NASA will conduct an experiment using its twin astronauts to assess the effects of space travel on humans. Here's why one of the twins is older than the other.
Beginning in March 2015, NASA astronaut Scott Kelly will spend one year at the International Space Station. His twin brother, a former astronaut, will spend that time at home in Arizona.
So, at the twin’s request, NASA plans to use the opportunity to measure the effects of space flight on Scott’s body, using his twin’s earthbound body as a baseline for assessments. Last month, the organization opened a public call for research proposals under the topic "Differential Effects on Homozygous Twin Astronauts Associated with Differences in Exposure to Spaceflight Factors."
NASA’s experiment – more public relations than ground-breaking science, as Scott has already logged significantly more time in space than Mark and, technically, the two could already be test subjects without one of them going back to space – will likely show that Scott is biologically "older" than Mark, given the toll that spaceflight is believed to take on astronaut’s bodies.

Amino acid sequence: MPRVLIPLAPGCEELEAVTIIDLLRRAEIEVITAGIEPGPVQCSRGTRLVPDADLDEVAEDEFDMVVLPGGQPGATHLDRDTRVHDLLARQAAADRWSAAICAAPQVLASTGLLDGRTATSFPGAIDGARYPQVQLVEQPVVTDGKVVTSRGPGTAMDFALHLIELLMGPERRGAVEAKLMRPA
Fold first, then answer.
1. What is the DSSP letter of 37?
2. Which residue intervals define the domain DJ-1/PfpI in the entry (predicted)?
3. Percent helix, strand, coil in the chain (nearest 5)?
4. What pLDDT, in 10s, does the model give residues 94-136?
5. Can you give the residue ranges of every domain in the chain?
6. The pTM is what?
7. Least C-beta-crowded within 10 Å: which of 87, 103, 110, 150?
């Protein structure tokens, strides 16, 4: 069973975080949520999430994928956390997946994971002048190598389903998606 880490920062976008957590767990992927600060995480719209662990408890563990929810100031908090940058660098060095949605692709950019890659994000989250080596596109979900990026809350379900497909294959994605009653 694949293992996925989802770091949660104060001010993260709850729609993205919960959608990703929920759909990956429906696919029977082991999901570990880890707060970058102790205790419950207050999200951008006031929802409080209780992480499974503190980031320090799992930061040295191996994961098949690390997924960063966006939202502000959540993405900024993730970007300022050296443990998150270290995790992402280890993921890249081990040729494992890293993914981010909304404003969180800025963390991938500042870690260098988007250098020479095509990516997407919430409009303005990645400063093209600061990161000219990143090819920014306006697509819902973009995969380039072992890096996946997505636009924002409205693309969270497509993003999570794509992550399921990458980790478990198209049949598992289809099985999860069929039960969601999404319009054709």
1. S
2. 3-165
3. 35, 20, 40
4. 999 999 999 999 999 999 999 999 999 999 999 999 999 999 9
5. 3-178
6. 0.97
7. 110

But even if space travel has made Scott biologically older than Mark, it has also make him in a different sense younger – thanks to special relativity.
In 1911, the French physicist Paul Langevin put forward a thought experiment: What if one twin flies away from Earth at 99.99 percent of the speed of light? When the twin returns two years later, he expects that his twin, like himself, is two years older. But his twin isn’t there anymore – in the traveler’s absence, 200 years have passed on Earth, and his Earth-bound twin is long dead.
Langevin called it a paradox, but in fact it’s not so paradoxical.
In 1905, Albert Einstein upended the notion that time is fixed and absolute. According to his Special Theory of Relatively, time is relative. It’s the speed of light that’s fixed.